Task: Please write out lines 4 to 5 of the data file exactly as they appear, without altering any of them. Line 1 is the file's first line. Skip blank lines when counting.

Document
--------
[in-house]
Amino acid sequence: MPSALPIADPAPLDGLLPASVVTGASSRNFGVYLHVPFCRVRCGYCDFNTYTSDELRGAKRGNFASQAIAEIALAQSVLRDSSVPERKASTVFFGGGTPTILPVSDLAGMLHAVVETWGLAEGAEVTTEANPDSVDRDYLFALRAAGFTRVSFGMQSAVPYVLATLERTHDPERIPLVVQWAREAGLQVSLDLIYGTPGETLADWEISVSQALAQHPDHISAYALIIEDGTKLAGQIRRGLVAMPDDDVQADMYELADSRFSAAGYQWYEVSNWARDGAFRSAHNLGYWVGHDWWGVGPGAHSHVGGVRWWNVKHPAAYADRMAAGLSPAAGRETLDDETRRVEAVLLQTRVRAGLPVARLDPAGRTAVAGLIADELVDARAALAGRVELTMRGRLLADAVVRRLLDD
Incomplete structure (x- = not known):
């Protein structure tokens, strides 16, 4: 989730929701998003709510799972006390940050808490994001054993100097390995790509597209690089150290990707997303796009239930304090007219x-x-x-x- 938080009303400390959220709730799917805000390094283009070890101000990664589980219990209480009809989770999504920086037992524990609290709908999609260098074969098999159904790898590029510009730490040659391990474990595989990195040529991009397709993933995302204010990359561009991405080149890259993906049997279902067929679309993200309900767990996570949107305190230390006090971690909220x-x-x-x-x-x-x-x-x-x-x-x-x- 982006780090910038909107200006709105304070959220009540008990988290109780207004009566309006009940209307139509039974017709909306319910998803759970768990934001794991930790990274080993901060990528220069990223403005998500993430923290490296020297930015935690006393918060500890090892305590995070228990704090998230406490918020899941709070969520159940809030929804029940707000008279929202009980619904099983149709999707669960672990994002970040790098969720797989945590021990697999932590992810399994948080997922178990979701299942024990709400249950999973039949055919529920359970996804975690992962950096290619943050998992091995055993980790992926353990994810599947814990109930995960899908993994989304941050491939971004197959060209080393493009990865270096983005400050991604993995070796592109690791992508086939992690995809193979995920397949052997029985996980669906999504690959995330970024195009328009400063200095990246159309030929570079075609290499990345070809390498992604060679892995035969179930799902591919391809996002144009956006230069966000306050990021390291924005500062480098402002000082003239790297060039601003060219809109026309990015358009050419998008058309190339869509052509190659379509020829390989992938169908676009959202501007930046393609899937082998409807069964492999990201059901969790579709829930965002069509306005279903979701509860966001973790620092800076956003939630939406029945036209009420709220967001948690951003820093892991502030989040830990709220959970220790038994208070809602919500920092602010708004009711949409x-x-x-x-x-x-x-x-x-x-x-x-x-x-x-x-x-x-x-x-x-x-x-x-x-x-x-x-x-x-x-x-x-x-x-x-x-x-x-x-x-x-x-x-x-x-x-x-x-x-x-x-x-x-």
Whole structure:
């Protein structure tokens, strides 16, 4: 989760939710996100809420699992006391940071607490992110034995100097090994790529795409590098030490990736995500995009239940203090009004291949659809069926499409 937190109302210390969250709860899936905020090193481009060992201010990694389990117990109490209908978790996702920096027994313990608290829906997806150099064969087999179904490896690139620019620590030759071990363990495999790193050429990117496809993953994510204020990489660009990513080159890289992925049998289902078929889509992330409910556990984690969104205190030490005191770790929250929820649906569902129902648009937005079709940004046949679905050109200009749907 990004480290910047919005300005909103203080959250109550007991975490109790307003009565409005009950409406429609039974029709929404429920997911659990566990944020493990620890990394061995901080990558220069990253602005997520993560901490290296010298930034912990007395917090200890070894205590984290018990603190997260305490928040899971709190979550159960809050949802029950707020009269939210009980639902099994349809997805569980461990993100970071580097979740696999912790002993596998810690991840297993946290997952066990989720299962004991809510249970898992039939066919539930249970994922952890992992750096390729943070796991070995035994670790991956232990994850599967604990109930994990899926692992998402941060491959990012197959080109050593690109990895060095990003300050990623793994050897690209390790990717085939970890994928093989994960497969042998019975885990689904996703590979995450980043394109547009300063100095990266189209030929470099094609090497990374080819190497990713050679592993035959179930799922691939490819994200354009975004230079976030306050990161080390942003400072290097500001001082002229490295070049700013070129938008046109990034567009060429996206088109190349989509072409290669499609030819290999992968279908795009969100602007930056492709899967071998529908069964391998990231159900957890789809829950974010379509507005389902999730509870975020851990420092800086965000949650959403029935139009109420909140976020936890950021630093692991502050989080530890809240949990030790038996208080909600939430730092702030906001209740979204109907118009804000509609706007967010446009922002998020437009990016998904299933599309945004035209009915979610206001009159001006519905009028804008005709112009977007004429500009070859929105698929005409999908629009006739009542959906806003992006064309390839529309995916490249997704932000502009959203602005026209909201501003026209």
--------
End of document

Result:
């Protein structure tokens, strides 16, 4: 989730929701998003709510799972006390940050808490994001054993100097390995790509597209690089150290990707997303796009239930304090007219x-x-x-x- 938080009303400390959220709730799917805000390094283009070890101000990664589980219990209480009809989770999504920086037992524990609290709908999609260098074969098999159904790898590029510009730490040659391990474990595989990195040529991009397709993933995302204010990359561009991405080149890259993906049997279902067929679309993200309900767990996570949107305190230390006090971690909220x-x-x-x-x-x-x-x-x-x-x-x-x- 982006780090910038909107200006709105304070959220009540008990988290109780207004009566309006009940209307139509039974017709909306319910998803759970768990934001794991930790990274080993901060990528220069990223403005998500993430923290490296020297930015935690006393918060500890090892305590995070228990704090998230406490918020899941709070969520159940809030929804029940707000008279929202009980619904099983149709999707669960672990994002970040790098969720797989945590021990697999932590992810399994948080997922178990979701299942024990709400249950999973039949055919529920359970996804975690992962950096290619943050998992091995055993980790992926353990994810599947814990109930995960899908993994989304941050491939971004197959060209080393493009990865270096983005400050991604993995070796592109690791992508086939992690995809193979995920397949052997029985996980669906999504690959995330970024195009328009400063200095990246159309030929570079075609290499990345070809390498992604060679892995035969179930799902591919391809996002144009956006230069966000306050990021390291924005500062480098402002000082003239790297060039601003060219809109026309990015358009050419998008058309190339869509052509190659379509020829390989992938169908676009959202501007930046393609899937082998409807069964492999990201059901969790579709829930965002069509306005279903979701509860966001973790620092800076956003939630939406029945036209009420709220967001948690951003820093892991502030989040830990709220959970220790038994208070809602919500920092602010708004009711949409x-x-x-x-x-x-x-x-x-x-x-x-x-x-x-x-x-x-x-x-x-x-x-x-x-x-x-x-x-x-x-x-x-x-x-x-x-x-x-x-x-x-x-x-x-x-x-x-x-x-x-x-x-x-």
Whole structure: